-Think about incorporating matzah into at least one meal a day throughout the week. It's appropriate to eat unleavened bread during the Feast of Unleavened Bread! There are many ways to enjoy matzah. Eat it with sandwich toppings, alongside a bowl of soup or curry, make matzah pizzas, or turn it into matzah toffee! See this post for other ideas for serving unleavened bread.

-Take at least the first and last days of Unleavened Bread off from work, errands, and household chores. If possible, consider taking more time off from work to spend with your family or to make this holiday more special to you. Taking a day trip somewhere during the week can make it fun and memorable - I visited the Ark Encounter during Matzah Week a few years ago!

-Take joy in worshiping YHWH, and studying the Bible. Attend services at a congregation if possible, and watch children's Bible story videos - if you don't have kids do it for fun! 

-Not everything you do has to be 'spiritual' - make the week fun with things you enjoy. Go somewhere beautiful for a hike, play games or do a puzzle with family, make a craft or an omer counter, invite friends over for dinner, make special foods, and take time to relax.

There is some learning curve when you start to observe a new holiday, so give yourself grace about that. It takes time to get used to celebrating the times of the Creator and next year it will seem more natural and be even more fun! The Living God is honored by your efforts to take part in his set apart times!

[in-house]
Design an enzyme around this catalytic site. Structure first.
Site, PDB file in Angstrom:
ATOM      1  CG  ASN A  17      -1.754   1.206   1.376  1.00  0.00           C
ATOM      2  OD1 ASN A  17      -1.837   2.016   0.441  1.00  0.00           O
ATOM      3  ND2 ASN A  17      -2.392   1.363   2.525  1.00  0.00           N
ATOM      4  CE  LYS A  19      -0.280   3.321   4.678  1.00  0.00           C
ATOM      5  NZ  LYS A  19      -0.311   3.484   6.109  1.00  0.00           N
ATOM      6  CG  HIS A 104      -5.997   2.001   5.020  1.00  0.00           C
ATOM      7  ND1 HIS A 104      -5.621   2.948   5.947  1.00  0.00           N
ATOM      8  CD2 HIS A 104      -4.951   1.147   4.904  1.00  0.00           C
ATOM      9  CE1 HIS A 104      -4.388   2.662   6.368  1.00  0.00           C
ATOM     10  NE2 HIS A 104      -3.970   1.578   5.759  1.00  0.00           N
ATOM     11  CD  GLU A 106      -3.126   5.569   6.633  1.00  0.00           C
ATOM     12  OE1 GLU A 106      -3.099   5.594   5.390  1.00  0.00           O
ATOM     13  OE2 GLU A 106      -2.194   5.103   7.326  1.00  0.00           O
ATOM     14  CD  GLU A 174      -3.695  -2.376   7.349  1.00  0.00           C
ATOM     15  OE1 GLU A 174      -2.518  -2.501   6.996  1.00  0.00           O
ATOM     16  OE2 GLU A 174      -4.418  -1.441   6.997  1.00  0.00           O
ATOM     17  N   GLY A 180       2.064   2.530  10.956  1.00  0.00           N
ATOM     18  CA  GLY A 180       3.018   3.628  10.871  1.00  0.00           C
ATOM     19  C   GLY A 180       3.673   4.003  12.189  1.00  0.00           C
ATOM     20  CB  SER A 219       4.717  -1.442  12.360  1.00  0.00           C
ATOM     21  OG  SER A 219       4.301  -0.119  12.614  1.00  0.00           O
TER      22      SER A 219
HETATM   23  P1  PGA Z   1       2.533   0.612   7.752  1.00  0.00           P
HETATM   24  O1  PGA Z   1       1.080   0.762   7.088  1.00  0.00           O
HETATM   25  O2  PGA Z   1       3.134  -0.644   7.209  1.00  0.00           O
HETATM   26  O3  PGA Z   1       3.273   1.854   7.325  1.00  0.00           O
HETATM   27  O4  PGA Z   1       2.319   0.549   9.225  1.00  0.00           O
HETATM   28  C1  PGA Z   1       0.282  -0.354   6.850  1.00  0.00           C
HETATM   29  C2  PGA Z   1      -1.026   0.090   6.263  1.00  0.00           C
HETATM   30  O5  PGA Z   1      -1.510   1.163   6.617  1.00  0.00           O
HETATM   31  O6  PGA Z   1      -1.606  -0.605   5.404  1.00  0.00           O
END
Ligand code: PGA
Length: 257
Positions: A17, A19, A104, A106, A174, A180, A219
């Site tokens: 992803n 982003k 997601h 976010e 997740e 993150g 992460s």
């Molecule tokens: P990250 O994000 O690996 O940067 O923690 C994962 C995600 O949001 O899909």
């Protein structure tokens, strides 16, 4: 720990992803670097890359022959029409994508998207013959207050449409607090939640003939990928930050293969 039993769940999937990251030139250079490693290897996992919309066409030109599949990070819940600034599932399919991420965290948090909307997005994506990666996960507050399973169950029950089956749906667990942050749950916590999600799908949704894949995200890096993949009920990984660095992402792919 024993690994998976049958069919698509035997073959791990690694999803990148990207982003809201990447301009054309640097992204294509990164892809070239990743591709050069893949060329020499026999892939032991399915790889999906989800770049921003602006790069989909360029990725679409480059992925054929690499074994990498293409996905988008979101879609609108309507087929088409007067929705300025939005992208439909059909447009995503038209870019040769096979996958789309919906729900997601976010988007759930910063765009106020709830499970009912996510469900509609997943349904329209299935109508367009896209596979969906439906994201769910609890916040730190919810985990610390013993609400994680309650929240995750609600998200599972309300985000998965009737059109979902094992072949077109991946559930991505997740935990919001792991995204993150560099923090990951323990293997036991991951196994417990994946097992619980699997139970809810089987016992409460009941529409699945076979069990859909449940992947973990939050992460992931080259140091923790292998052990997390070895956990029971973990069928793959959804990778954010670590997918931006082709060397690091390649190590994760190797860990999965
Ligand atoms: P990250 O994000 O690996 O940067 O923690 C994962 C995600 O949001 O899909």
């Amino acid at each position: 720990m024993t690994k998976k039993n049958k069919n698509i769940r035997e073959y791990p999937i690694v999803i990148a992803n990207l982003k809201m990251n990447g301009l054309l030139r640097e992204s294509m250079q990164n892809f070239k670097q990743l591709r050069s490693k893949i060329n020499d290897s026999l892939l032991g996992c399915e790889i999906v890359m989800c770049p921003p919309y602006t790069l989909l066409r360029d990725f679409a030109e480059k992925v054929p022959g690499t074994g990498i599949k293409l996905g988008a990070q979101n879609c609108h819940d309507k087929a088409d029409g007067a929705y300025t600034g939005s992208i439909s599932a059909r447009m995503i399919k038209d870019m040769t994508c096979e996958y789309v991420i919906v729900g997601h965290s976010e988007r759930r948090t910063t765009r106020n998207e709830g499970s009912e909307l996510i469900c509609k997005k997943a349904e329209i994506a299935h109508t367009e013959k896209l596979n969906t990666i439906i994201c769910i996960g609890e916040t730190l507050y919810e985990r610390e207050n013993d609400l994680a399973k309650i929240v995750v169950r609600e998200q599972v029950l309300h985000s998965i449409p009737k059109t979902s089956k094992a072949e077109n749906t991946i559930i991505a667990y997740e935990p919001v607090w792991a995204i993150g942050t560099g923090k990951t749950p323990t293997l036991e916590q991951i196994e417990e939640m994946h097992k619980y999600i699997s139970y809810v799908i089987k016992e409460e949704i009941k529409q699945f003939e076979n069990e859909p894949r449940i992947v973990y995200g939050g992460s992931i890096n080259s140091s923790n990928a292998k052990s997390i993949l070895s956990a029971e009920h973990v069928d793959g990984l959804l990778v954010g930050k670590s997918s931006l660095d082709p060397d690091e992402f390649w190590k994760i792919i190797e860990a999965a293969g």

The Beginner's Guide to Celebrating the Feast of Unleavened Bread | Land of Honey

Other posts about celebrating this holiday:
12 Ways to Celebrate the Feast of Unleavened Bread
My Matzah Week - What Celebrating the Feast of Unleavened Bread Looks Like
Recipes for the Feast of Unleavened Bread


  1. Hi new Torah follower here! Just needing to understand what ingredients are leaven. Maybe this is a silly question but is it just baking soda? I eat gluten free and I'm sure that still has stuff in it. Thanks!

  2. Great question! And you're right - gluten free things can definitely still be leavened, whether from baking soda/powder or yeast. Here's a link to a post with guidelines on avoiding leaven during this feast: